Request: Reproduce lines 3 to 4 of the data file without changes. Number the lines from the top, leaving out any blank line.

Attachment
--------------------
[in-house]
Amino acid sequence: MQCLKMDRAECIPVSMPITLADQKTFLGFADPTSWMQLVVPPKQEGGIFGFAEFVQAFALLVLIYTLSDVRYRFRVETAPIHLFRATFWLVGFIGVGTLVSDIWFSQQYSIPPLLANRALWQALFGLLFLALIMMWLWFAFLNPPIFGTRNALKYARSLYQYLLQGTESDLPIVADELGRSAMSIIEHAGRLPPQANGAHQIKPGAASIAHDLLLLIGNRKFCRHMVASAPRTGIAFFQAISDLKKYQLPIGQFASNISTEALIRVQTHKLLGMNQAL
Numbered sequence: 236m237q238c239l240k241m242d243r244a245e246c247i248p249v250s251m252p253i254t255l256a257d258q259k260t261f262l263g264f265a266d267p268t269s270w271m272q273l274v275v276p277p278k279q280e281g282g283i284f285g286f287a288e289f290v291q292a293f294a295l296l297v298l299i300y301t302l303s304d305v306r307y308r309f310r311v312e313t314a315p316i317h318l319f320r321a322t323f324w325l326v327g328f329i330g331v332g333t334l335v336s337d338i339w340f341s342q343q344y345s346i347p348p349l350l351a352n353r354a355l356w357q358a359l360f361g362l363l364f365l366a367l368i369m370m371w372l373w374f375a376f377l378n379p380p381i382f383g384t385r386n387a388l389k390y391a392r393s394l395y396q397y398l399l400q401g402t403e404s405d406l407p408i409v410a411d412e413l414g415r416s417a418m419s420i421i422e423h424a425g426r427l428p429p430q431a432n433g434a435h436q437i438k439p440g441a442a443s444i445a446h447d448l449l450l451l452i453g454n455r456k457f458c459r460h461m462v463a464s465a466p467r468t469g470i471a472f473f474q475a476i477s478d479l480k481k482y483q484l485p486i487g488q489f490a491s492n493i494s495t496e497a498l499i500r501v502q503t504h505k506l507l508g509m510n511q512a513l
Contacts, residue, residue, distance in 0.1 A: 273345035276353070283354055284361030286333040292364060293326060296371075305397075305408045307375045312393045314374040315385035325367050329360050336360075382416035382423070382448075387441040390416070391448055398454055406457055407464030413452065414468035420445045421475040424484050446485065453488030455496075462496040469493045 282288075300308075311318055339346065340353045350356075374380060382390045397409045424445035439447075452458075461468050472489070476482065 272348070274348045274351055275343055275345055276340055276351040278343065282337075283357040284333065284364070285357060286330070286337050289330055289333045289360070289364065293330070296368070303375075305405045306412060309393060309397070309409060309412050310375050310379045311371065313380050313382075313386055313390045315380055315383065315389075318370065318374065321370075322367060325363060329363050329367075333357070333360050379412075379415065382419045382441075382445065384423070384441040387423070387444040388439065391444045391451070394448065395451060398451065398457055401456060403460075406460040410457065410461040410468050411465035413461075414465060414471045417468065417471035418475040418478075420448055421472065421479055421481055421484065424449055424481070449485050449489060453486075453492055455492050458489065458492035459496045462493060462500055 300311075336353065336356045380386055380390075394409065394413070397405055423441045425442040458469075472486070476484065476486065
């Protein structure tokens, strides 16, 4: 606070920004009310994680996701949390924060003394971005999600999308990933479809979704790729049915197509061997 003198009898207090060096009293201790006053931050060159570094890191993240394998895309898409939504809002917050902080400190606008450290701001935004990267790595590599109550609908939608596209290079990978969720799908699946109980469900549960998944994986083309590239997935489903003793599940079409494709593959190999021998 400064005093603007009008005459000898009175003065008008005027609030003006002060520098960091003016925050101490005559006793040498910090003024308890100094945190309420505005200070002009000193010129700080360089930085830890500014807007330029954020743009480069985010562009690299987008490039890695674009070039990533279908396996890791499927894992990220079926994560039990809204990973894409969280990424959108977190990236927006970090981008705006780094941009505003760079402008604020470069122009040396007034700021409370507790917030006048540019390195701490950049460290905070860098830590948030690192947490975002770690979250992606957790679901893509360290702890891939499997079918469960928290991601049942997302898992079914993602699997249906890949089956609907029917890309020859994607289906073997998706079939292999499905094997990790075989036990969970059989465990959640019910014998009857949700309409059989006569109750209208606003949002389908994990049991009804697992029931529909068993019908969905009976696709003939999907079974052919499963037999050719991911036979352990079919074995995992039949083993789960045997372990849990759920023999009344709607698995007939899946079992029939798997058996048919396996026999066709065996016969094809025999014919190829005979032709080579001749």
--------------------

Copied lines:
Numbered sequence: 236m237q238c239l240k241m242d243r244a245e246c247i248p249v250s251m252p253i254t255l256a257d258q259k260t261f262l263g264f265a266d267p268t269s270w271m272q273l274v275v276p277p278k279q280e281g282g283i284f285g286f287a288e289f290v291q292a293f294a295l296l297v298l299i300y301t302l303s304d305v306r307y308r309f310r311v312e313t314a315p316i317h318l319f320r321a322t323f324w325l326v327g328f329i330g331v332g333t334l335v336s337d338i339w340f341s342q343q344y345s346i347p348p349l350l351a352n353r354a355l356w357q358a359l360f361g362l363l364f365l366a367l368i369m370m371w372l373w374f375a376f377l378n379p380p381i382f383g384t385r386n387a388l389k390y391a392r393s394l395y396q397y398l399l400q401g402t403e404s405d406l407p408i409v410a411d412e413l414g415r416s417a418m419s420i421i422e423h424a425g426r427l428p429p430q431a432n433g434a435h436q437i438k439p440g441a442a443s444i445a446h447d448l449l450l451l452i453g454n455r456k457f458c459r460h461m462v463a464s465a466p467r468t469g470i471a472f473f474q475a476i477s478d479l480k481k482y483q484l485p486i487g488q489f490a491s492n493i494s495t496e497a498l499i500r501v502q503t504h505k506l507l508g509m510n511q512a513l
Contacts, residue, residue, distance in 0.1 A: 273345035276353070283354055284361030286333040292364060293326060296371075305397075305408045307375045312393045314374040315385035325367050329360050336360075382416035382423070382448075387441040390416070391448055398454055406457055407464030413452065414468035420445045421475040424484050446485065453488030455496075462496040469493045 282288075300308075311318055339346065340353045350356075374380060382390045397409045424445035439447075452458075461468050472489070476482065 272348070274348045274351055275343055275345055276340055276351040278343065282337075283357040284333065284364070285357060286330070286337050289330055289333045289360070289364065293330070296368070303375075305405045306412060309393060309397070309409060309412050310375050310379045311371065313380050313382075313386055313390045315380055315383065315389075318370065318374065321370075322367060325363060329363050329367075333357070333360050379412075379415065382419045382441075382445065384423070384441040387423070387444040388439065391444045391451070394448065395451060398451065398457055401456060403460075406460040410457065410461040410468050411465035413461075414465060414471045417468065417471035418475040418478075420448055421472065421479055421481055421484065424449055424481070449485050449489060453486075453492055455492050458489065458492035459496045462493060462500055 300311075336353065336356045380386055380390075394409065394413070397405055423441045425442040458469075472486070476484065476486065